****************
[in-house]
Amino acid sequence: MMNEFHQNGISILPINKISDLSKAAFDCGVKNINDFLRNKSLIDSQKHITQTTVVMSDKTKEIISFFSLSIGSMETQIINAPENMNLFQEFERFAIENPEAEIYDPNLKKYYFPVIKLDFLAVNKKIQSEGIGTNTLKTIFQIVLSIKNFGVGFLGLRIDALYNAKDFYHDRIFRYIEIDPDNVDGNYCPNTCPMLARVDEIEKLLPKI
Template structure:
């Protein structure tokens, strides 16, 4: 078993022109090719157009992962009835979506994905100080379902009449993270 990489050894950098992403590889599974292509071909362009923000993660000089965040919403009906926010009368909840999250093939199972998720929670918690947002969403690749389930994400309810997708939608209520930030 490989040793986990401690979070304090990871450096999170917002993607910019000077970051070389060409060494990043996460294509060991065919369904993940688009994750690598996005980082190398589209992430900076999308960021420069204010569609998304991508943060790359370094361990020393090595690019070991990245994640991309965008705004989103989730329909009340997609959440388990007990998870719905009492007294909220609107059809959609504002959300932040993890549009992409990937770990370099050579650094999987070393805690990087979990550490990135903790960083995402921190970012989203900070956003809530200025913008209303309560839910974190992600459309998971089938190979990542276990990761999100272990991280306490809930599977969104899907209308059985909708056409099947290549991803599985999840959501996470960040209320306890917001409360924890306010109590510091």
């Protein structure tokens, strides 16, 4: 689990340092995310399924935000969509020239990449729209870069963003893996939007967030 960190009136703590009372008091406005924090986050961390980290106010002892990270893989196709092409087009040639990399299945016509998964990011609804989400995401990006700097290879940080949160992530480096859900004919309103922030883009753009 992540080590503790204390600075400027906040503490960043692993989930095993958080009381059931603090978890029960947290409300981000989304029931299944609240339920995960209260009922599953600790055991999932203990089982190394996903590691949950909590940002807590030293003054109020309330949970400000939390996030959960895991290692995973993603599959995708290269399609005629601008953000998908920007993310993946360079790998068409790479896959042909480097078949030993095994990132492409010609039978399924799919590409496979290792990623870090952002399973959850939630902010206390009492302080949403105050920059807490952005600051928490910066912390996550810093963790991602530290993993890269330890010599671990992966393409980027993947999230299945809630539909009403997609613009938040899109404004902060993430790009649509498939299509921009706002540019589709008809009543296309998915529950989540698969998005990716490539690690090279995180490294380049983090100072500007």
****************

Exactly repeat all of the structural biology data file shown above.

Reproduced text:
[in-house]
Amino acid sequence: MMNEFHQNGISILPINKISDLSKAAFDCGVKNINDFLRNKSLIDSQKHITQTTVVMSDKTKEIISFFSLSIGSMETQIINAPENMNLFQEFERFAIENPEAEIYDPNLKKYYFPVIKLDFLAVNKKIQSEGIGTNTLKTIFQIVLSIKNFGVGFLGLRIDALYNAKDFYHDRIFRYIEIDPDNVDGNYCPNTCPMLARVDEIEKLLPKI
Template structure:
């Protein structure tokens, strides 16, 4: 078993022109090719157009992962009835979506994905100080379902009449993270 990489050894950098992403590889599974292509071909362009923000993660000089965040919403009906926010009368909840999250093939199972998720929670918690947002969403690749389930994400309810997708939608209520930030 490989040793986990401690979070304090990871450096999170917002993607910019000077970051070389060409060494990043996460294509060991065919369904993940688009994750690598996005980082190398589209992430900076999308960021420069204010569609998304991508943060790359370094361990020393090595690019070991990245994640991309965008705004989103989730329909009340997609959440388990007990998870719905009492007294909220609107059809959609504002959300932040993890549009992409990937770990370099050579650094999987070393805690990087979990550490990135903790960083995402921190970012989203900070956003809530200025913008209303309560839910974190992600459309998971089938190979990542276990990761999100272990991280306490809930599977969104899907209308059985909708056409099947290549991803599985999840959501996470960040209320306890917001409360924890306010109590510091």
């Protein structure tokens, strides 16, 4: 689990340092995310399924935000969509020239990449729209870069963003893996939007967030 960190009136703590009372008091406005924090986050961390980290106010002892990270893989196709092409087009040639990399299945016509998964990011609804989400995401990006700097290879940080949160992530480096859900004919309103922030883009753009 992540080590503790204390600075400027906040503490960043692993989930095993958080009381059931603090978890029960947290409300981000989304029931299944609240339920995960209260009922599953600790055991999932203990089982190394996903590691949950909590940002807590030293003054109020309330949970400000939390996030959960895991290692995973993603599959995708290269399609005629601008953000998908920007993310993946360079790998068409790479896959042909480097078949030993095994990132492409010609039978399924799919590409496979290792990623870090952002399973959850939630902010206390009492302080949403105050920059807490952005600051928490910066912390996550810093963790991602530290993993890269330890010599671990992966393409980027993947999230299945809630539909009403997609613009938040899109404004902060993430790009649509498939299509921009706002540019589709008809009543296309998915529950989540698969998005990716490539690690090279995180490294380049983090100072500007």